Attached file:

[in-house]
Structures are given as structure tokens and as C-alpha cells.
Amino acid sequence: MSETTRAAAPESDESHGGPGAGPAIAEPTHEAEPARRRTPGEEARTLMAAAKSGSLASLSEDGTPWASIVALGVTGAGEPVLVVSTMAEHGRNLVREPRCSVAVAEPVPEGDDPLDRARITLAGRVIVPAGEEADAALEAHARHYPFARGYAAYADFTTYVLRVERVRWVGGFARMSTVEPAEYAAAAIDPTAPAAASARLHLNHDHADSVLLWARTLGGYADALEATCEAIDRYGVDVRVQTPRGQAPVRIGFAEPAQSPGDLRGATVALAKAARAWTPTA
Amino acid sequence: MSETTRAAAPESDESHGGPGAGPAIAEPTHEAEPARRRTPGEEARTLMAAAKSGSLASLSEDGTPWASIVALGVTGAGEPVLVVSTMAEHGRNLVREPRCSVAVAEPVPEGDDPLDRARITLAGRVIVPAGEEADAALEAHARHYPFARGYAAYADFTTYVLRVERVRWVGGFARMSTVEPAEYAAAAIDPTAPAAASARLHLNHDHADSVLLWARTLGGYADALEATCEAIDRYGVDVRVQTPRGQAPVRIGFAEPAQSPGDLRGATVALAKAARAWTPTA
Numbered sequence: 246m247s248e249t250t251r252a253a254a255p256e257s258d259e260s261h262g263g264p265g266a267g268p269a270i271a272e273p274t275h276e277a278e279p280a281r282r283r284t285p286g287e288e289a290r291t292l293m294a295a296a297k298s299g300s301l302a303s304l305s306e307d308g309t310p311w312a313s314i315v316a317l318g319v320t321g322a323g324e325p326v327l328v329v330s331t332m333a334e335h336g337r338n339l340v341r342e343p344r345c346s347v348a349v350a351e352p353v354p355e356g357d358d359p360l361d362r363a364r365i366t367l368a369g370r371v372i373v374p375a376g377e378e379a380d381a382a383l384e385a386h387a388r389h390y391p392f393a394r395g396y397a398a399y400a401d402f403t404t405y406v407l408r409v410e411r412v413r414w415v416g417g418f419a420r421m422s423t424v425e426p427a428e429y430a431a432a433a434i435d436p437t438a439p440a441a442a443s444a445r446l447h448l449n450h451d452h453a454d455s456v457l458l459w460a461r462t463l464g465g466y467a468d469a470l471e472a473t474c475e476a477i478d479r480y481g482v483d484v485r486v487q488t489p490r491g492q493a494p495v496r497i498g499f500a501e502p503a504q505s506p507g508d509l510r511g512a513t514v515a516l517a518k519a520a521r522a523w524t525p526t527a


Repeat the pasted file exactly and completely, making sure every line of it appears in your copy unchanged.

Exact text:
[in-house]
Structures are given as structure tokens and as C-alpha cells.
Amino acid sequence: MSETTRAAAPESDESHGGPGAGPAIAEPTHEAEPARRRTPGEEARTLMAAAKSGSLASLSEDGTPWASIVALGVTGAGEPVLVVSTMAEHGRNLVREPRCSVAVAEPVPEGDDPLDRARITLAGRVIVPAGEEADAALEAHARHYPFARGYAAYADFTTYVLRVERVRWVGGFARMSTVEPAEYAAAAIDPTAPAAASARLHLNHDHADSVLLWARTLGGYADALEATCEAIDRYGVDVRVQTPRGQAPVRIGFAEPAQSPGDLRGATVALAKAARAWTPTA
Amino acid sequence: MSETTRAAAPESDESHGGPGAGPAIAEPTHEAEPARRRTPGEEARTLMAAAKSGSLASLSEDGTPWASIVALGVTGAGEPVLVVSTMAEHGRNLVREPRCSVAVAEPVPEGDDPLDRARITLAGRVIVPAGEEADAALEAHARHYPFARGYAAYADFTTYVLRVERVRWVGGFARMSTVEPAEYAAAAIDPTAPAAASARLHLNHDHADSVLLWARTLGGYADALEATCEAIDRYGVDVRVQTPRGQAPVRIGFAEPAQSPGDLRGATVALAKAARAWTPTA
Numbered sequence: 246m247s248e249t250t251r252a253a254a255p256e257s258d259e260s261h262g263g264p265g266a267g268p269a270i271a272e273p274t275h276e277a278e279p280a281r282r283r284t285p286g287e288e289a290r291t292l293m294a295a296a297k298s299g300s301l302a303s304l305s306e307d308g309t310p311w312a313s314i315v316a317l318g319v320t321g322a323g324e325p326v327l328v329v330s331t332m333a334e335h336g337r338n339l340v341r342e343p344r345c346s347v348a349v350a351e352p353v354p355e356g357d358d359p360l361d362r363a364r365i366t367l368a369g370r371v372i373v374p375a376g377e378e379a380d381a382a383l384e385a386h387a388r389h390y391p392f393a394r395g396y397a398a399y400a401d402f403t404t405y406v407l408r409v410e411r412v413r414w415v416g417g418f419a420r421m422s423t424v425e426p427a428e429y430a431a432a433a434i435d436p437t438a439p440a441a442a443s444a445r446l447h448l449n450h451d452h453a454d455s456v457l458l459w460a461r462t463l464g465g466y467a468d469a470l471e472a473t474c475e476a477i478d479r480y481g482v483d484v485r486v487q488t489p490r491g492q493a494p495v496r497i498g499f500a501e502p503a504q505s506p507g508d509l510r511g512a513t514v515a516l517a518k519a520a521r522a523w524t525p526t527a